NTSR2 phosphorylation in B-CLL and recruitment of Giα proteins. (a) Representative western blot analysis of Src phosphorylation in MEC-1 cells overexpressing NTSR2 (pCMV6-NTSR2) in the presence or absence of BDNF (100 ng/ml), pertussis toxin (PTX, 200 ng/ml) or K252a (100 nM) for 24 h. (b) Ratio of phosphorylated Src vs pan-Src protein, normalized against actin. Values are means±s.e.m. of three independent experiments in a.u. (c, d). After immunoprecipitation (IP) of NTSR2 from MEC-1 cells overexpressing NTSR2 (pCMV6-NTSR2) or not (EV), or from B-CLL cells in the presence or absence of BDNF (100 ng/ml) or NTS (40 μM/ml), the immunocomplexes were immunoblotted (IB) with anti-Giα1/2 antibodies. (e, f) After immunoprecipitation (IP) of anti-pan-phosphoprotein was performed on MEC-1 cells overexpressing NTSR2 and B-CLL cells in the presence or absence of BDNF (100 ng/ml) or SR142948A (67 μM), the phosphorylation of NTSR2 was detected by immunoblotting (IB) with anti-NTSR2 antibodies. (g) Apoptotic ratio, assessed by cell death ELISA, in B-CLL in the presence or absence of SR142948A (67 μM) for 24 h. Values are mean ratios of apoptotic cells (±s.e.m.) of three independent experiments from different patients (n=3). Significant P-values are indicated in the graphs *P<0.05, ***P<0.001.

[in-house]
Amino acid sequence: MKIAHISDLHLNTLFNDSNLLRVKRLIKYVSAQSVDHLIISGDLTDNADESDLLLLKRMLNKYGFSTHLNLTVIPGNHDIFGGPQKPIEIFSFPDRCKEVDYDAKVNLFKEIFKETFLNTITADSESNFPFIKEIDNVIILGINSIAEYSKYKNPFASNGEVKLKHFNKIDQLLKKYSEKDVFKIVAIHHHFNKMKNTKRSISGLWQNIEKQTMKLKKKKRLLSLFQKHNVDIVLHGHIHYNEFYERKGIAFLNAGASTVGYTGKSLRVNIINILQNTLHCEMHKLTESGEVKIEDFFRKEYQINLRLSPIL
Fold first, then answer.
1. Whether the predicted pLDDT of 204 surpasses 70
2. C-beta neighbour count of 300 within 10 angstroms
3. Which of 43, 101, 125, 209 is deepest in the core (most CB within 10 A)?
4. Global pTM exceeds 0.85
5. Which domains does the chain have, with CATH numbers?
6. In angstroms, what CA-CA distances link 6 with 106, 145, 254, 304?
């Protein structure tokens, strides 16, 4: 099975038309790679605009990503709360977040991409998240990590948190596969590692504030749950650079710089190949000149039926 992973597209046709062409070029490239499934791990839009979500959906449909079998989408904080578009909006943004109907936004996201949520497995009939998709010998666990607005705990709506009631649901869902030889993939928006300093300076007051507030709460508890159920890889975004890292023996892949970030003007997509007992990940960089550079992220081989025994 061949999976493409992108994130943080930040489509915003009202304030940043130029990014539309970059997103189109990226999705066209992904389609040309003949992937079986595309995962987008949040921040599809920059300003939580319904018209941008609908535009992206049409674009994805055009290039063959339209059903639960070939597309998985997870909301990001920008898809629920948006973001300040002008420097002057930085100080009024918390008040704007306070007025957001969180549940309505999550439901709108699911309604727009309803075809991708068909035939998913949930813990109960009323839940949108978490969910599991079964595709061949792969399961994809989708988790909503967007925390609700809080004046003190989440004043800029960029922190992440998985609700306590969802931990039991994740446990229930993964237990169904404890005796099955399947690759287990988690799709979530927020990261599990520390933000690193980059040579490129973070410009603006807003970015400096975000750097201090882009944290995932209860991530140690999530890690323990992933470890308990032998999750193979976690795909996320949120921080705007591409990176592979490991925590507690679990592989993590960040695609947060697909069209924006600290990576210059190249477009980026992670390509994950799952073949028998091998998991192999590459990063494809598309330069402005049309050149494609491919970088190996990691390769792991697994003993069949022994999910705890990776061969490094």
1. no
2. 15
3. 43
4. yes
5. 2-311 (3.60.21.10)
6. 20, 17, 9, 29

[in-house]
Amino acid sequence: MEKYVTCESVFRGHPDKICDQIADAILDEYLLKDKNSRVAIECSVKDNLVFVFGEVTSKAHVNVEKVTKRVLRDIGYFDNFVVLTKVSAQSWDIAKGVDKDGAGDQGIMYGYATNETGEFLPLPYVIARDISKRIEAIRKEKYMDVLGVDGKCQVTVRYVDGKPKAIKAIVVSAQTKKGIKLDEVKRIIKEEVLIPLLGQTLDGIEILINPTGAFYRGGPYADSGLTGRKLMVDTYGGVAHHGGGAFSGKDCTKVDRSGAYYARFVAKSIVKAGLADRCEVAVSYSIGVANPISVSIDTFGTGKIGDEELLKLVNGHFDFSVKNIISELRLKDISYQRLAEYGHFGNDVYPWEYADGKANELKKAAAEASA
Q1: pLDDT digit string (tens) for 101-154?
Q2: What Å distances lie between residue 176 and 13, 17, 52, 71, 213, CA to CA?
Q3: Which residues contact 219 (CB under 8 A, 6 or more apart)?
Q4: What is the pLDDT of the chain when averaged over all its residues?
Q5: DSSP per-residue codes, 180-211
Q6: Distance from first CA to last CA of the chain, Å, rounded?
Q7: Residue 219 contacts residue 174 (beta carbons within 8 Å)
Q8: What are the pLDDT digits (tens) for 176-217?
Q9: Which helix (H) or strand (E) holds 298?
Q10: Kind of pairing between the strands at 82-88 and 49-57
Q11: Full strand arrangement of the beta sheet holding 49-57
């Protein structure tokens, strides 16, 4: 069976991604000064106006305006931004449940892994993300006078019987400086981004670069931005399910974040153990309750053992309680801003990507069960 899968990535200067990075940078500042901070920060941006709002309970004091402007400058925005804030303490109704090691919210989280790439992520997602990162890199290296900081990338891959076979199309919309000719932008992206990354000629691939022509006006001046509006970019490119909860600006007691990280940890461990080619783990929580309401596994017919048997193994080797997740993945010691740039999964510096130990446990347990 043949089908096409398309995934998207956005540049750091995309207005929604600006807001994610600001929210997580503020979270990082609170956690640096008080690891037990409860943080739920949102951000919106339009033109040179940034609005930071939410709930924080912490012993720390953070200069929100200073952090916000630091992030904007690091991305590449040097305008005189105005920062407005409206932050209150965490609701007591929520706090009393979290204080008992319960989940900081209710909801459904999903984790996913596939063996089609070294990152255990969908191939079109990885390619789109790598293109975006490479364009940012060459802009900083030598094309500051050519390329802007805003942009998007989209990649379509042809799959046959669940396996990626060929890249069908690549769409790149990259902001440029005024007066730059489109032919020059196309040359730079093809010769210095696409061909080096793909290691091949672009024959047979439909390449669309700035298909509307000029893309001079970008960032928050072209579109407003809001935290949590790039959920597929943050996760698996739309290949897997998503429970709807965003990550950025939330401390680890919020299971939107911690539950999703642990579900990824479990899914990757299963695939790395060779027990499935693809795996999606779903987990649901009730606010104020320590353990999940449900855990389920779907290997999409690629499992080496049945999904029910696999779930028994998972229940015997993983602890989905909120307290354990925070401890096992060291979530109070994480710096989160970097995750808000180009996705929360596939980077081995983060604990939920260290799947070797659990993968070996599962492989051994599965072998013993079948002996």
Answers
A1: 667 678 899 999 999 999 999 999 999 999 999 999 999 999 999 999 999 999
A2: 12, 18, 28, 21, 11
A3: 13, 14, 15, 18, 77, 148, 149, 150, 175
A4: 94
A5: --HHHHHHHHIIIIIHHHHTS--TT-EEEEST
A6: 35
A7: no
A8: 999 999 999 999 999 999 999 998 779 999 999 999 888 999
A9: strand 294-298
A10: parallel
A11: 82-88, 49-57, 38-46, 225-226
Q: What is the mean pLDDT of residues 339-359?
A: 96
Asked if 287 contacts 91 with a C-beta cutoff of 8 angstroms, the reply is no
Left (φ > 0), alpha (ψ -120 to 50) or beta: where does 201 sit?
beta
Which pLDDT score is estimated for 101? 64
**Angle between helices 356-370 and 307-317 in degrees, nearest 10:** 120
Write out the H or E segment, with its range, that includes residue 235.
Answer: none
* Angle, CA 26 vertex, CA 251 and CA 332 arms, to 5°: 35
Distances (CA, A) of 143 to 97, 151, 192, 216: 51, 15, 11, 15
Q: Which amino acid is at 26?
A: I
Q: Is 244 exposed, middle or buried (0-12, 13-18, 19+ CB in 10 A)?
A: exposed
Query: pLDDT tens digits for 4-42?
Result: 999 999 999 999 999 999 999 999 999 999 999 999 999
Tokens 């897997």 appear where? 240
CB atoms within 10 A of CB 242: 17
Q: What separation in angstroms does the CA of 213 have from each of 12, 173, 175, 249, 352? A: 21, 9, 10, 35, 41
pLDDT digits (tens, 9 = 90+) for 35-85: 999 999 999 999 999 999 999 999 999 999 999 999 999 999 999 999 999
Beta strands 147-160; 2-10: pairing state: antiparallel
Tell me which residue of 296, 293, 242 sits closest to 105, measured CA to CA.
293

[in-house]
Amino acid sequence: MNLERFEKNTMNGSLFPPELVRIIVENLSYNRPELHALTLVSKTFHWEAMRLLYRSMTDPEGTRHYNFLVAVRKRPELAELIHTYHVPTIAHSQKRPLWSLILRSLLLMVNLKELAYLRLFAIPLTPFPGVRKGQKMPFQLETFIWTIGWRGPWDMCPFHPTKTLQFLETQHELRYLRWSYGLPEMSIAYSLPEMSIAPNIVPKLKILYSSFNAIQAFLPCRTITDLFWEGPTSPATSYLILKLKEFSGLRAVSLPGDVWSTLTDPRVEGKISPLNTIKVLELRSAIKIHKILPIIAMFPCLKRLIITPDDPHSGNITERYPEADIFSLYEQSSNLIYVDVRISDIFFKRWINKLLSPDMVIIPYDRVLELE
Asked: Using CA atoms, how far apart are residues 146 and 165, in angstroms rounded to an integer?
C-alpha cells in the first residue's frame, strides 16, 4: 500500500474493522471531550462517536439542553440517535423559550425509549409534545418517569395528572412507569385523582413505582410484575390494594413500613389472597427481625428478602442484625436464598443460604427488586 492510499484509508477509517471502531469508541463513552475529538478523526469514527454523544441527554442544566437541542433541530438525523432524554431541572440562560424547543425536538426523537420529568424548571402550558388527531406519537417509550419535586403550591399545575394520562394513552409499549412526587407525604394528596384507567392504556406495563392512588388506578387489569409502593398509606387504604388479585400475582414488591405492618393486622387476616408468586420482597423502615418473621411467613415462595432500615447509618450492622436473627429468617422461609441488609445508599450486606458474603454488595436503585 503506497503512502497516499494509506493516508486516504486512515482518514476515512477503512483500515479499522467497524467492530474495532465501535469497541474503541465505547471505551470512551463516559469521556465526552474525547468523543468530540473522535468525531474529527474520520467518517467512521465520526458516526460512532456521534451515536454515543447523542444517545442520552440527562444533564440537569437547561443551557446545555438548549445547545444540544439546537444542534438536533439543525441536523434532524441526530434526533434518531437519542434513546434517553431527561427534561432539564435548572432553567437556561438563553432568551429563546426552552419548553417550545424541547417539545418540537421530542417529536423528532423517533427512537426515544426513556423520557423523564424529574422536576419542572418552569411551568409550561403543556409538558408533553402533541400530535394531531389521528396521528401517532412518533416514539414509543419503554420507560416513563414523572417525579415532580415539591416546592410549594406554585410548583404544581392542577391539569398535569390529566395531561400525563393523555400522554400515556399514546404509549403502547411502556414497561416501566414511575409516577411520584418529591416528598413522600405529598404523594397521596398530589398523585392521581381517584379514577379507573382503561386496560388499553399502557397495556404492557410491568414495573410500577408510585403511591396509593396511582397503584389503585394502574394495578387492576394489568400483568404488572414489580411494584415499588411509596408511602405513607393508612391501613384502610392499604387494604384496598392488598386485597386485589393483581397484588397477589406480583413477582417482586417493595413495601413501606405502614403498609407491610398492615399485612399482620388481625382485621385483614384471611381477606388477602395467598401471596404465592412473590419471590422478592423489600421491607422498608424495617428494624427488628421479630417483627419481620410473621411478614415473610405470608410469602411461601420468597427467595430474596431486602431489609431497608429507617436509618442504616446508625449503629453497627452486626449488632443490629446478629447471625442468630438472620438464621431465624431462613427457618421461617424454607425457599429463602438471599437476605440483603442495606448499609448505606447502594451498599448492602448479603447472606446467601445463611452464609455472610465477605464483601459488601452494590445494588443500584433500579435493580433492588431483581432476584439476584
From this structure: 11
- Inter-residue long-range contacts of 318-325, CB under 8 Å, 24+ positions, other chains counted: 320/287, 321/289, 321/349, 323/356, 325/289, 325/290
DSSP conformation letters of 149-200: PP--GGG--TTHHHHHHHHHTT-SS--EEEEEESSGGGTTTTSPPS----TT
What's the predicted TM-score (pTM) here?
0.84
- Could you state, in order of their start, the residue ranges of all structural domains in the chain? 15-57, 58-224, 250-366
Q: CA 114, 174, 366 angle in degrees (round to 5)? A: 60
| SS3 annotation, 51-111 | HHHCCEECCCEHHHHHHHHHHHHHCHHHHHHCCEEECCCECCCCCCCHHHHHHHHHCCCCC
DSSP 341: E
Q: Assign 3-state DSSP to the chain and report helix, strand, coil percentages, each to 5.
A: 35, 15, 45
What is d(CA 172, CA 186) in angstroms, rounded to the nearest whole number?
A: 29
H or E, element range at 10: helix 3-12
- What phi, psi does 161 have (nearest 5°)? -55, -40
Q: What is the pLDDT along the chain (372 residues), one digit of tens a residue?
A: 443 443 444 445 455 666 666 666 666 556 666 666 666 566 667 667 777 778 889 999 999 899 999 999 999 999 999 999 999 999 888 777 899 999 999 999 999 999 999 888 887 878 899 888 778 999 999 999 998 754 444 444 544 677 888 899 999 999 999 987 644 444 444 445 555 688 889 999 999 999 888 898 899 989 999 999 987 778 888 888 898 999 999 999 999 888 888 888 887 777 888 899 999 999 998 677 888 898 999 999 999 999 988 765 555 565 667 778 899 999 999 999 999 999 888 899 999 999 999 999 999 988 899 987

Given that phosphorylation of NTSR2 was previously observed in mouse25 and in human,26 we investigated whether NTSR2 is phosphorylated in NTSR2-OE cell lines and human B-CLL lymphocytes. We detected NTSR2 phosphorylation in MEC-1 cells overexpressing NTSR2, as well as in B-CLL lymphocytes, and the phosphorylation levels increased upon BDNF stimulation (Figure 7e). In the presence of SR142948A, a competitive inhibitor of NTSR ligand binding, NTSR2 phosphorylation was suppressed, supporting the binding of BDNF (Figure 7f). This result agreed with the increase of apoptosis observed in B-CLL exposed to SR142948A (Figure 7g), suggesting that NTSR2 phosphorylation is crucial for B-CLL cell survival.